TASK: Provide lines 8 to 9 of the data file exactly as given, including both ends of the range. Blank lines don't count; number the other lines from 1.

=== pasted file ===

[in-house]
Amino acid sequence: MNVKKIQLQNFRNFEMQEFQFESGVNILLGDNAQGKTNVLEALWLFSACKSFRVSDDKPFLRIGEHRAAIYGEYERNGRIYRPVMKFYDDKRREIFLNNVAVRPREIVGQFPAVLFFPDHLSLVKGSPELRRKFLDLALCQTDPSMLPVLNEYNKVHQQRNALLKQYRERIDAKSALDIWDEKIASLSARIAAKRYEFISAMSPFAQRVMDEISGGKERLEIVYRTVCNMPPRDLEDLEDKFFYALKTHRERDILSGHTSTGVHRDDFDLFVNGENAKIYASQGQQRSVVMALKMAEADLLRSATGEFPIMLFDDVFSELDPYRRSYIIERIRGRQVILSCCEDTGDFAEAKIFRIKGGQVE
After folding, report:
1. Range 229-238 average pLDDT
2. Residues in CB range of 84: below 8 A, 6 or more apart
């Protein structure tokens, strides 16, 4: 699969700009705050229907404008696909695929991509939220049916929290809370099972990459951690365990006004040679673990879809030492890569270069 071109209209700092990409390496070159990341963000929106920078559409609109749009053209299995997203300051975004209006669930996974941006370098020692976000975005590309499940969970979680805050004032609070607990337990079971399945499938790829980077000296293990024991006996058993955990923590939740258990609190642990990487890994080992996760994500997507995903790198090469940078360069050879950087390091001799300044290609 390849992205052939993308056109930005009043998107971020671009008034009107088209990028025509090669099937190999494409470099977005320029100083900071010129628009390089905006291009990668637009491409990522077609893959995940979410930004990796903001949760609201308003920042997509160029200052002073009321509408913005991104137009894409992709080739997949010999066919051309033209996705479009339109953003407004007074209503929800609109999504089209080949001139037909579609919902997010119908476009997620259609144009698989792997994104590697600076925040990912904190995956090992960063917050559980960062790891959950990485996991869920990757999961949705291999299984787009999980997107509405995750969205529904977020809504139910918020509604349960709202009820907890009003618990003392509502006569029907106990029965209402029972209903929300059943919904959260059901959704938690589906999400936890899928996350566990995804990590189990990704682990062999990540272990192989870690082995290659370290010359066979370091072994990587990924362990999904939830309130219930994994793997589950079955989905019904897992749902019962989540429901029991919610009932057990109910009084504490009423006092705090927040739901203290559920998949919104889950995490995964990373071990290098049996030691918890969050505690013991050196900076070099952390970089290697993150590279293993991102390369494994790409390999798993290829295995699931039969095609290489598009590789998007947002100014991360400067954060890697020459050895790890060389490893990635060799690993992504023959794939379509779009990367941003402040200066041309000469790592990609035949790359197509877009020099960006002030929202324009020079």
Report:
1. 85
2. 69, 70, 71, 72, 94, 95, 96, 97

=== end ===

1. 85
2. 69, 70, 71, 72, 94, 95, 96, 97